Budget Office Bill Offers Specifics On Foundation
Washington--The existing offices of the Education Department (ed)--including the National Institute of Education and the National Center for Education Statistics--would be eliminated completely by next October if the Reagan Administration is able to secure Congressional approval of a bill to create a sub-Cabinet-level foundation.
A draft of a legislative proposal to wipe out the current structure, allowing Administration officials wide latitude in designing a "Foundation for Education Assistance," has been prepared by the Office of Management and Budget (omb) for introduction in the Congress this spring.
The document, a copy of which was made available to Education Week, reportedly has been circulated by the omb to officials of several Cabinet-level agencies for their comments.
Under the plan, the foundation would continue to administer federal education programs through fiscal 1983, but its structure would be kept flexible so that it could respond to the President's "new federalism" initiatives. (See story this page.)
Ability to Adjust to Changes
That feature was advocated by Secretary of Education Terrel H. Bell in his memorandum to the President last August. One of the most attractive features of a flexible structure, Mr. Bell stated, "would be the ability of a foundation to adjust to changes as new Administration policies are implemented."
The foundation's adaptable design would permit its director to "establish, consolidate, alter, or discontinue such organizational entities within the foundation as may be necessary or appropriate."
The bill requires only that the director serve as "the principal advisor to the President on educational responsibilities of the Government," and that he appoint a deputy director, an inspector general, a general counsel, and five assistant directors.
No provision of the bill requires an office for civil rights. Instead, the bill would permit the foundation only to "provide advice, counsel, and technical assistance, upon request, ... to promote ... compliance with the requirements of" federal civil-rights statutes.
The enforcement responsibility for the civil-rights laws--which is currently shared by the department's civil-rights office and the Justice Department's civil-rights division--would rest solely with the Justice Department.
Specifically, the latter agency would be authorized to "institute and conduct administrative proceedings to limit, defer, or terminate Federal financial assistance to any recipient on the grounds of noncompliance with" civil-rights laws. It also would be permitted to "institute or participate in court litigation relating to enforcement of the [civil-rights] statutes."
The bill would prohibit the Justice Department from taking enforcement action until foundation officials have "advised the appropriate person or persons of the failure to comply with the requirement" and until they have "determined that compliance cannot be secured by voluntary means."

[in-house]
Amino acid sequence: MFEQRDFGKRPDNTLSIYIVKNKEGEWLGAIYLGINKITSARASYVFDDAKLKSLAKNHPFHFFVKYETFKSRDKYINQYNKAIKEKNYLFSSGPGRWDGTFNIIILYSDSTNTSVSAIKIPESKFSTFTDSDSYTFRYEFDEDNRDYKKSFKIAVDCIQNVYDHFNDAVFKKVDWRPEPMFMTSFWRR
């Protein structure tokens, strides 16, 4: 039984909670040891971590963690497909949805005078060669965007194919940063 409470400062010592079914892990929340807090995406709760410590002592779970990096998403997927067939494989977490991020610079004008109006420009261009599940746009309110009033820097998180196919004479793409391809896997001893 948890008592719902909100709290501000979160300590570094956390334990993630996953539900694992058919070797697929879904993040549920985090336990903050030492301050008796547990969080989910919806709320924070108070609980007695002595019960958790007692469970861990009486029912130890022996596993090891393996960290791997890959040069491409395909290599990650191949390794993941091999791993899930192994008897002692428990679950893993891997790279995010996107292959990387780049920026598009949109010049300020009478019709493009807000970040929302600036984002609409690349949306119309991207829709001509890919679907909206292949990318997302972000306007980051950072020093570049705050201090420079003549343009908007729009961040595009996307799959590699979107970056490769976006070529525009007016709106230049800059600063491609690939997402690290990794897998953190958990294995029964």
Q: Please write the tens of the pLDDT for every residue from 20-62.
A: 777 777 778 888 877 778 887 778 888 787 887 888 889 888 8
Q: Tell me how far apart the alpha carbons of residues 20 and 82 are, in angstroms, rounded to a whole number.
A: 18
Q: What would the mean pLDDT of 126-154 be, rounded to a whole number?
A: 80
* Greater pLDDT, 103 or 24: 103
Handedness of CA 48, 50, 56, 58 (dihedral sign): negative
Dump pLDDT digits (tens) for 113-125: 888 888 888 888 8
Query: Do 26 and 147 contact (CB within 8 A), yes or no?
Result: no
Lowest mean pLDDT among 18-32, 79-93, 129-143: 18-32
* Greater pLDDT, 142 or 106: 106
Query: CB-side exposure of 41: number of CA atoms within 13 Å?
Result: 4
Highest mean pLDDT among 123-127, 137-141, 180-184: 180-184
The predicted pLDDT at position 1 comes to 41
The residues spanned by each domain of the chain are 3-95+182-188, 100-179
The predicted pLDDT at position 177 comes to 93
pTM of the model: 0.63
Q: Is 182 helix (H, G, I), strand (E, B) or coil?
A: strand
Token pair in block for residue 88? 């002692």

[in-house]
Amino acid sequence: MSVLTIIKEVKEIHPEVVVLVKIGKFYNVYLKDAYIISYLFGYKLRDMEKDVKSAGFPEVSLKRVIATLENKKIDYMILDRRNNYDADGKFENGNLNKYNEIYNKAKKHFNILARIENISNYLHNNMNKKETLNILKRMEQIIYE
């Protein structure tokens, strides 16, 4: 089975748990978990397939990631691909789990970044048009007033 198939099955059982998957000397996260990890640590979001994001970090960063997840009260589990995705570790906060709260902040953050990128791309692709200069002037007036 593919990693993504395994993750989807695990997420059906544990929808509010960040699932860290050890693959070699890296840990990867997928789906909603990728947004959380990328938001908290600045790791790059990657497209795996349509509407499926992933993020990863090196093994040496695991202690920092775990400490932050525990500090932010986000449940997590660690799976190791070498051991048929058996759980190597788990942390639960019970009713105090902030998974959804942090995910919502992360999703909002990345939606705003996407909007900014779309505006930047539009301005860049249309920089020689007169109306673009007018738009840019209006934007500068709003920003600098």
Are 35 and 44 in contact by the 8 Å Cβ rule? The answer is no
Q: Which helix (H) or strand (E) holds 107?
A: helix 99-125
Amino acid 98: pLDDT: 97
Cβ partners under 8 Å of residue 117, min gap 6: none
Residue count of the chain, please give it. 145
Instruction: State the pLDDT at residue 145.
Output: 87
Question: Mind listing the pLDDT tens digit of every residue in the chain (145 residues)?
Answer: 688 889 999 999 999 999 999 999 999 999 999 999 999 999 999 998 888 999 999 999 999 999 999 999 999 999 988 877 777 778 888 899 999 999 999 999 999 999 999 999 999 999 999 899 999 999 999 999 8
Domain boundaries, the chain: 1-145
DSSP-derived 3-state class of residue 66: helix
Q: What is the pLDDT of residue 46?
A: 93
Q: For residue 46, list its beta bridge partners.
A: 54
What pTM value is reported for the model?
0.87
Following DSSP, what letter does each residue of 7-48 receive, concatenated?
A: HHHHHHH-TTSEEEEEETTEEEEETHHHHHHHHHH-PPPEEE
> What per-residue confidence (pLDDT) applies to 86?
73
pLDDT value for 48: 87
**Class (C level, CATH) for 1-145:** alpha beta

The proposal would eliminate several current education programs, and it would transfer numerous programs to other federal agencies, based on a plan developed by a task force of Administration officials last fall. (See Education Week, Nov. 16.)
In addition, the General Education Provisions Act (gepa)--a composite law that sets out the general statutory requirements of most federal programs--would be repealed by the Administration's bill. The proposal does, however, duplicate at least two sections of the gepa: the Family Educational Rights and Privacy Act of 1974, which protects the rights of parents and students regarding access to students' school records; and the Hatch Amendment, which protects students from being required to participate in psycho-logical examinations at school.
Most of the larger programs now administered by the Education Department would be continued in the foundation until they were amended or repealed, according to the President's plan to return responsibility for most federal education programs to the states.
Included in the foundation are those programs authorized by the Elementary and Secondary Education Act, the Higher Education Act, the Education Consolidation and Improvement Act, the Vocational Education Act, the Education Amendments of 1978, the Education for All Handicapped Children Act, Title IV of the Civil Rights Act, and the Adult Education Act.
In addition to providing financial support for the remaining programs, the bill authorizes the foundation to "conduct and support" several programs. They are:
"(1) educational research, including basic and applied research, planning, surveys, evaluations, and experiments ... ;
"(2) developmental, exemplary, or demonstration projects in education;
"(3) assessments of the performance of children and young adults in reading, mathematics, communication, and citizenship skills;
"(4) the collection, collation, analysis, and reporting of statistics and other data ... ;
"(5) planning for, and evaluation of, programs administered by the Foundation; and
"(6) dissemination to educational agencies and institutions and the public of information and findings collected or developed...."